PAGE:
The Blu-ray: Vital Disc Stats
This is the third Draft House Films Blu-ray release. They're doing their own type of Criterion collectible thing here. I just reviewed 'The FP' and 'Bullhead' has some of those same features, specifically a reversible cover that you can either use the movie's original theatrical poster art or you can switch it around and use the art that was conceived by the Mondo poster boutique and artist Jay Shaw when the movie was nominated for an Academy Award. The spine has the number 3 on it as well so you can start lining up the Draft House releases on your shelf in consecutive order.
The disc is distributed by Image Entertainment. The movie comes on a 25GB Blu-ray disc. There is a small booklet contained within with short essays from director Michael Mann, and actor Udo Kier. It is a Region A release.
Despite being on a 25GB Blu-ray Disc I thought that 'Bullhead's visuals were quite good and harbored little artifacting. The presentation does have its drawbacks though and we'll get to those, but first we'll talk about the good.
Detail is strong, even though the movie is supposed to look gritty by its own nature. It's easy to see each and every inhuman ripple in Jacky's massive arms and shoulder muscles. Shadows, of which there are many, are extremely well delineated. There is a club scene midway through the movie that features some flatter blacks that seem to crush out some detail, but that's really the only place where shadows seemed overwhelming. Instead Shadows emphasize facial features and accentuate the already huge muscle mass that makes up Jacky's body. Lines are clear and concise. Contrast is well done.
There was a spot of banding that I noticed during a fadeout, but it didn't seem like that big of a deal. There are also a couple spots where noisy blips and specks can be spotted, but again, they aren't all that distracting to begin with. 'Bullhead' is dark, and foreboding and the visuals do a great job reflecting the movie's intended feelings.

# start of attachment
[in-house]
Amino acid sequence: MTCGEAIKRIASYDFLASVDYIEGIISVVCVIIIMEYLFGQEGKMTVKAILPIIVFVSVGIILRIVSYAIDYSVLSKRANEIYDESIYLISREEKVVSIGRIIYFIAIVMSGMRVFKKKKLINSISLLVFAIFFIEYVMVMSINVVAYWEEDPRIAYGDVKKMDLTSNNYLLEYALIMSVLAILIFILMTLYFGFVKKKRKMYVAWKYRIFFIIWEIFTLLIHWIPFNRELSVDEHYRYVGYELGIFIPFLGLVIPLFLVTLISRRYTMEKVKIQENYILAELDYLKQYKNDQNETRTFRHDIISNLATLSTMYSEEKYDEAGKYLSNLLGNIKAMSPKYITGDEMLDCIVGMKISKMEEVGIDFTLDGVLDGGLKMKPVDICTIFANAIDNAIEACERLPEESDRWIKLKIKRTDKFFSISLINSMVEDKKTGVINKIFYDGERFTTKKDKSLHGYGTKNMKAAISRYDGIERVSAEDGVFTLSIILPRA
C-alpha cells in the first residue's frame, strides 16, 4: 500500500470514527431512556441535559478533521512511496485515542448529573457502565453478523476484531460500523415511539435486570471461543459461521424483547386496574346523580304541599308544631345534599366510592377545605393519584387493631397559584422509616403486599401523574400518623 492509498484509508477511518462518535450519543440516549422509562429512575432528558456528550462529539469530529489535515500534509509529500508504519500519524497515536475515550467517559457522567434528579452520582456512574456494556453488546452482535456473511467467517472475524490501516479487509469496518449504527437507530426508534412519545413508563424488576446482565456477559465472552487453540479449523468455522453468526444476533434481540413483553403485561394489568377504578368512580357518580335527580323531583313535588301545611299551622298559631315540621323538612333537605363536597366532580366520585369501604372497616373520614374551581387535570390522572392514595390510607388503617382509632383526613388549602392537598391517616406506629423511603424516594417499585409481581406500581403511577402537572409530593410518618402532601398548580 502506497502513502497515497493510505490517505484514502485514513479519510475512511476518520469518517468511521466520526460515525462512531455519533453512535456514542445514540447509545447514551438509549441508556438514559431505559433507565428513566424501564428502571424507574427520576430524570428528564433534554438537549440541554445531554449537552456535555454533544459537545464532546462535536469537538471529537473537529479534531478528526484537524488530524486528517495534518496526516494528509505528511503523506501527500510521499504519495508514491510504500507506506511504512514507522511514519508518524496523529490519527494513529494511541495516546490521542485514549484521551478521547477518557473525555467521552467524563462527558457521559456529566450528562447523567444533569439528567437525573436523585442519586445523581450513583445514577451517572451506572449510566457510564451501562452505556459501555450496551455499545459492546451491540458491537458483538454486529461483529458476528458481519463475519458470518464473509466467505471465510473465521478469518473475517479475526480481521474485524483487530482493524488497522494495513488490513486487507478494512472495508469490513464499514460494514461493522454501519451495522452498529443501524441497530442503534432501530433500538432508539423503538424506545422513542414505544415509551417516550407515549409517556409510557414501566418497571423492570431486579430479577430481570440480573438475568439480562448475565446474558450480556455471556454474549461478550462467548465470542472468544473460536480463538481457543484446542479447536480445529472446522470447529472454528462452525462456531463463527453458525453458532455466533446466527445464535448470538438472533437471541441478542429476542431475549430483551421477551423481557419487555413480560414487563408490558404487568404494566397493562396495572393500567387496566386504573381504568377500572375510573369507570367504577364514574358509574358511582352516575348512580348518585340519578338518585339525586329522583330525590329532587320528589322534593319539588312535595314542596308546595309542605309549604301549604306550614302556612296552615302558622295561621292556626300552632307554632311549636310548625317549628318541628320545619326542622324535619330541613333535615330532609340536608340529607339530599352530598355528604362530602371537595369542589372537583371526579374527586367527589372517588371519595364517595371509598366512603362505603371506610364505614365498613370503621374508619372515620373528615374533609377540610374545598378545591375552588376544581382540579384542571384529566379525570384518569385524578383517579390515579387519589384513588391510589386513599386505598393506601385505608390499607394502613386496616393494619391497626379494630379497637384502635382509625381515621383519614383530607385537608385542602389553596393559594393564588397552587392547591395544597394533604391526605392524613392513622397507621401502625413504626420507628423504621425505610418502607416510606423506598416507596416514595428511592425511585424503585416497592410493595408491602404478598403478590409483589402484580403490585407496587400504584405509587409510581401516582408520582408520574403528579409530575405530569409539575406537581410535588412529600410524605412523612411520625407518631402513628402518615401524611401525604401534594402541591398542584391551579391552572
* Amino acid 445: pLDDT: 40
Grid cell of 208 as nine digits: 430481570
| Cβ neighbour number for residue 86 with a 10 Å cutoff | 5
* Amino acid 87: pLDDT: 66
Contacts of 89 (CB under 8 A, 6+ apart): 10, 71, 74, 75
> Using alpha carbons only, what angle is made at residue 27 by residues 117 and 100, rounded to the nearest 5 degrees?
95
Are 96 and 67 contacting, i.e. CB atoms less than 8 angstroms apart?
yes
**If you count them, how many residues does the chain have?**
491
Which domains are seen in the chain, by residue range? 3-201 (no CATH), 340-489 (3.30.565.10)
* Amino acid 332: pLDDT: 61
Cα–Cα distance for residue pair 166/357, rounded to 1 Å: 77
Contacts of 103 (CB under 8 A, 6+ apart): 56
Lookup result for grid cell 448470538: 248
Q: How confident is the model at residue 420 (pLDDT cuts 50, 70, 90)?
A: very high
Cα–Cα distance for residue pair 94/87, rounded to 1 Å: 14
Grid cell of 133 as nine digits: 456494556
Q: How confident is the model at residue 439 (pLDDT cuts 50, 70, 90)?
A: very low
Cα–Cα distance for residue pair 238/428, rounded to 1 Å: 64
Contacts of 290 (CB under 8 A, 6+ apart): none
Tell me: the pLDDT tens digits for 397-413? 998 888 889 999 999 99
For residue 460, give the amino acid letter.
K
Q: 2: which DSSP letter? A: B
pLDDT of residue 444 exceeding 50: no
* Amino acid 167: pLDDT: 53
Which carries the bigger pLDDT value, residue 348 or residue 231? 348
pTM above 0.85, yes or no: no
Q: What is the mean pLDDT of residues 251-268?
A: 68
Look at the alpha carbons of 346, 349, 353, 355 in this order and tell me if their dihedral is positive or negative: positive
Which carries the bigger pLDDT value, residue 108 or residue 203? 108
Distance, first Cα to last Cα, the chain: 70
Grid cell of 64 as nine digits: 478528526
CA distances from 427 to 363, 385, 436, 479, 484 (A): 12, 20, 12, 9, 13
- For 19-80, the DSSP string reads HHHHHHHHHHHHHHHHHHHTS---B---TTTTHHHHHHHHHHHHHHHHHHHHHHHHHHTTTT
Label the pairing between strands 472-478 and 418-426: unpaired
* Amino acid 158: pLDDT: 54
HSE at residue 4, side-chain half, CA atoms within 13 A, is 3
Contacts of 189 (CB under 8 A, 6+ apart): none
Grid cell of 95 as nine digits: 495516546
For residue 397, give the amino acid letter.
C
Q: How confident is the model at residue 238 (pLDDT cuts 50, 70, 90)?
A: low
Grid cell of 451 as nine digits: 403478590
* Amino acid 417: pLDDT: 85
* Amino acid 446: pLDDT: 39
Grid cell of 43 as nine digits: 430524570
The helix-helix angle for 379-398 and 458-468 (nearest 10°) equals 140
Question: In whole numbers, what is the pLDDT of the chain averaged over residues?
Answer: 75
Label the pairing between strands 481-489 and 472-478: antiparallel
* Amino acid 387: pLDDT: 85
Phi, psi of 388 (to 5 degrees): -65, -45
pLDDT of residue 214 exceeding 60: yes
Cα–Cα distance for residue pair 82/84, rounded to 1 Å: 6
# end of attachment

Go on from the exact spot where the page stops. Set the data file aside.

I was also impressed with the DTS-HD Master Audio 5.1 track. Yes 'Bullhead' is quite talkative and has little in the way of impactful action-centric audio, but the mix performs well given the inherent genre constraints.
Dialogue is always presented clearly through the front and center channels. The English subtitles seemed to be perfectly synched with the speech on screen (there's nothing worse than subtitles that seem to pop up a half a second after characters start speaking). Rear channels pick up quite a bit of ambient sound, especially for such a quiet film. The most notable rear activity comes whenever we're presented with a herd of cows. Their moos echo through the sound stage. Raf Keunen's original music adds retrained moodiness to the movie and it eerily travels throughout the channels. LFE is light, but does get a chance to shine during the aforementioned club scene which plays strictly techno music. 'Bullhead' features a pleasing audio mix that should make fans happy.
'Bullhead' is a deeply engrossing film. A movie that will lurk around in your head long after you see it. It's certainly an effective film, one which will affect the way you think and feel while you're watching it. Matthias Schoenaerts is a force on screen in terms of sheer physical size, but also in regard to his innate acting ability. It takes skill to play a brute like Jacky, who seems so physically strong, but inside is so emotionally damaged and vulnerable. With some noteworthy audio and video, and a healthy slew of extras, I'd recommend 'Bullhead' to just about anyone I think could stomach the subject matter.